German Election Campaign Takes a Racist Turn

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Johannes Eisele / REUTERS

Zeca Schall, a 45-year-old Angolan-born integration specialist of the Christian Democrat party (CDU), poses for a portrait in the eastern state of Thuringia, in Hildburghausen, Germany. The poster reads, 'Thuringia, well done'

The election campaign in Germany took an ugly turn last week when the country's far-right National Democratic Party (NPD) threatened a black member of Chancellor Angela Merkel's conservative Christian Democratic Union (CDU) party. Angolan-born Zeca Schall, who has German citizenship, was featured on CDU campaign posters in the eastern state of Thuringia, which is holding a regional election on Aug. 30. The posters went up on Aug. 1; 10 days later, the NPD attacked Schall on its website, calling him a "n_____ for the CDU party quota," telling him to "go back home to Angola" and urging its members to deliver the message to him personally. In an act that had tones of a modern-day lynching, NPD supporters tried to march to Schall's house in the central town of Hildburghausen, but they were stopped by police. Since Aug. 11, Schall has been under police protection.

Schall, 45, has been living in Hildburghausen for more than 20 years and has been advising the regional CDU party on integration issues since 2007. Although he isn't running for office in the Thuringia state elections, he's a prominent member of the CDU's campaign team. Schall's picture on the party's posters — alongside shots of a florist, a pensioner and a student — is meant to celebrate Thuringia's diversity, despite the fact that the state is home to very few immigrants. "I was shocked by what the NPD did," he tells TIME in a statement. "I've never experienced anything like this, but I'm not going to give up. I love Thuringia, and I'm going to continue in politics."

The CDU condemned the NPD's statements, and party officials asked state prosecutors to investigate whether criminal charges could be pressed on grounds of incitement to racial hatred. State prosecutors have launched an official inquiry. "The NPD is aggressive, xenophobic and inhuman," says Heiko Senebald, a spokesman for the CDU in Hildburghausen. "The NPD pretends to be looking after local communities, but the party has revealed its true colors by attacking Zeca Schall."

In its defense, the NPD says on its website that it's reacting out of concern for German workers: "Angola needs Schall, and there are 100,000 Germans who need Schall's job in Thuringia." But many see the party's outright attacks on Schall as a sinister sign that the once sidelined party is growing more confident. While the party hasn't been able to get into Germany's federal parliament — the Bundestag — it has been more successful at the grass-roots level. The NPD is well organized and active in local communities, launching popular campaigns and reaching out to young, unemployed people who are disillusioned with mainstream politicians. Thuringia has emerged as a key election battleground for the NPD ahead of the state vote at the end of August, with the party determined to enter the regional parliament. If it does, Thuringia would be the third state where the NPD is represented, along with the east German states of Mecklenburg-Vorpommern and Saxony.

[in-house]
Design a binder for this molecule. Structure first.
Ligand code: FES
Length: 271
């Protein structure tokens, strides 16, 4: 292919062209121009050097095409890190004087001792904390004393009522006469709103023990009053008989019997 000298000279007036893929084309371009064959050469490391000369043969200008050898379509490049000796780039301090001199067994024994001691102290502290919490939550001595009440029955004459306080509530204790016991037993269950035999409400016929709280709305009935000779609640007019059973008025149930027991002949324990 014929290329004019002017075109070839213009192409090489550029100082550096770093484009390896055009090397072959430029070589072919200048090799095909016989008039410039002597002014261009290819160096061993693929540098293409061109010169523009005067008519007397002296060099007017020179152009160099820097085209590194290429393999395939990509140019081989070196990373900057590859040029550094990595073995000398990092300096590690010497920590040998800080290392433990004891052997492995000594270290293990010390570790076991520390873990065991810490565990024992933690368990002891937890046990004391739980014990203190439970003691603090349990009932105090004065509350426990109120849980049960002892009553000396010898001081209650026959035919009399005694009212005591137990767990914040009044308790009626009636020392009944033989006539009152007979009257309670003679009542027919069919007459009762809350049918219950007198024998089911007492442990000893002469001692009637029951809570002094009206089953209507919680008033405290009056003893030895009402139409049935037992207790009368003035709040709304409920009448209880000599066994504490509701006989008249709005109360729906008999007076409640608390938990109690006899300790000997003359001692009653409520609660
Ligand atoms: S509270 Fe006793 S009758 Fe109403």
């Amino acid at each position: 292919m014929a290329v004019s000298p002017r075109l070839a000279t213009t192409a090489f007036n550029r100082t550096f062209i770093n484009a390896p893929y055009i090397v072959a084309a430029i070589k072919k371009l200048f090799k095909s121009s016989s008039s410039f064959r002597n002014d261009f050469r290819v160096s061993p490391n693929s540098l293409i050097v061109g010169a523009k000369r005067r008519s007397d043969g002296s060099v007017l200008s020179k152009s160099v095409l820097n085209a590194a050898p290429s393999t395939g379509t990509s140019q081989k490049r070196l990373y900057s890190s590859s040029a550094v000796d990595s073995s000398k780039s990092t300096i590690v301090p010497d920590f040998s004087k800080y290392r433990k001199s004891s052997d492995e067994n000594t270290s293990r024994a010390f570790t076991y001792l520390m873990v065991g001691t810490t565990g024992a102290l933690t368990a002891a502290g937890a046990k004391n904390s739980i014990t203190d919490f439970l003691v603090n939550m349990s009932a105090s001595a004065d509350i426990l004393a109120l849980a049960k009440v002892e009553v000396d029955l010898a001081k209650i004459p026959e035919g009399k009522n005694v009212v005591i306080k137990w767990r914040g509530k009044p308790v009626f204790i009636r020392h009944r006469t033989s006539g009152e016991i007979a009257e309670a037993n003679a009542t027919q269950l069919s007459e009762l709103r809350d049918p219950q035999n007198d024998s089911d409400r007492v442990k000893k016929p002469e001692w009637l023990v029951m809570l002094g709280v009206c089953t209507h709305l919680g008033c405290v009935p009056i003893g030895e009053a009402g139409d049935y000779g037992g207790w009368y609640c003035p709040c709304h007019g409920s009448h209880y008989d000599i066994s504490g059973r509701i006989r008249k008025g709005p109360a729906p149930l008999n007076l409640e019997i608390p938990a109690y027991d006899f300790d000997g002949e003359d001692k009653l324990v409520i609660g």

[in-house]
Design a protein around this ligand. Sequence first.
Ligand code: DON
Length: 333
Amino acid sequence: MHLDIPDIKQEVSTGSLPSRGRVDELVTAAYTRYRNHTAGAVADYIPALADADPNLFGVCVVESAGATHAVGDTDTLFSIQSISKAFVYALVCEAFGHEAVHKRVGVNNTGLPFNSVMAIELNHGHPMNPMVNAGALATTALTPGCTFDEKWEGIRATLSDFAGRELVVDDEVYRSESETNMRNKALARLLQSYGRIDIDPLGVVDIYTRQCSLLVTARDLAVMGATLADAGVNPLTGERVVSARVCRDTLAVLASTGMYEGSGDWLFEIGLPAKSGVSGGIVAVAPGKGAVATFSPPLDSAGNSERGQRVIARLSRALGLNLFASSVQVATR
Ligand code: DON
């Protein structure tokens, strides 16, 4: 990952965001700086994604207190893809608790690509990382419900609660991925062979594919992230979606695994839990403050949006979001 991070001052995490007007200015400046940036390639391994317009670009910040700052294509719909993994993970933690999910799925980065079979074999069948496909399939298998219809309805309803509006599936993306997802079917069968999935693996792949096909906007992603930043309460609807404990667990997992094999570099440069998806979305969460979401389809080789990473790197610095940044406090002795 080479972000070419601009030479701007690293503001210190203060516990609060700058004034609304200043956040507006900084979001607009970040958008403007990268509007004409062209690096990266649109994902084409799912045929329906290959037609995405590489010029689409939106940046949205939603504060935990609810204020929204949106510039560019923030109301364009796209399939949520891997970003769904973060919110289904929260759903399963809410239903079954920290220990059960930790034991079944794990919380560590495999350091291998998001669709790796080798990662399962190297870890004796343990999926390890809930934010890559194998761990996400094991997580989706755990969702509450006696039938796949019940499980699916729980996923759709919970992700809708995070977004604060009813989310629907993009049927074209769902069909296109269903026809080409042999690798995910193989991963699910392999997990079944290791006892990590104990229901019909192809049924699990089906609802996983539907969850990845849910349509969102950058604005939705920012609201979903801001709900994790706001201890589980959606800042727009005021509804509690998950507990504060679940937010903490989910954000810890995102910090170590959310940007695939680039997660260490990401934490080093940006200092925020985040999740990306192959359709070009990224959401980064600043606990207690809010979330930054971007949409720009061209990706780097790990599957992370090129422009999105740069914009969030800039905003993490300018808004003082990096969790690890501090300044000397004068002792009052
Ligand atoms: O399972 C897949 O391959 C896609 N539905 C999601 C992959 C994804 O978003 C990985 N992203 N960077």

Ever since reunification, far-right violence has been on the rise in eastern Germany, and some places have virtually become no-go areas for people with an immigrant background. Recent figures from Germany's domestic intelligence agency show that the number of far-right crimes jumped about 16% from 2007 to 2008. "The Zeca Schall case is horrific, and it exposes the dangerous far-right ideology of the NPD, but there are hundreds of other people who've been attacked by far-right groups," says Timo Reinfrank, program director of the Amadeu Antonio Foundation, which helps victims of far-right violence. "This is the reality in eastern Germany where immigrants are targeted by right-wing extremists."

Reinfrank says the conservative government in Thuringia, led by Merkel ally Dieter Althaus, isn't doing enough to counter the threat of far-right extremism. "The state government should support local groups that fight against the far right," he says. "Other regional governments have mobile consulting teams or help lines for victims of far-right violence, but the state of Thuringia doesn't invest enough time and resources to tackle the problem." The Thuringia government refutes Reinfrank's criticisms, arguing that it has steadily increased funds dedicated to working against the rise of the far right.

Other politicians have been moved to more immediate action. The Schall case has prompted some to call for a ban against the NPD, with the Interior Minister of Bavaria, Joachim Herrmann, announcing on Aug. 15 that he would launch a bid next year to ban the party. The federal government had already tried to ban the NPD in 2003, saying its far-right ideology breached Germany's constitution and strict anti-Nazi laws. But that attempt failed when judges at Germany's highest court threw out the government's case, saying some of the evidence against the NPD was inadmissible because it had been collected by informants for the German intelligence service.

According to some opinion polls, the NPD has around 4% of the vote in Thuringia, just below the 5% needed to get into parliament. With less than two weeks to go, the party could still pull in enough votes. In a 2004 regional election in the eastern state of Saxony, observers wrote off the NPD's chances of getting into the state parliament, yet the party proved the pollsters wrong and went on to win 9.2% of the vote. The NPD's attacks on Schall are just the latest chilling reminder that the far right is still alive and kicking in Germany.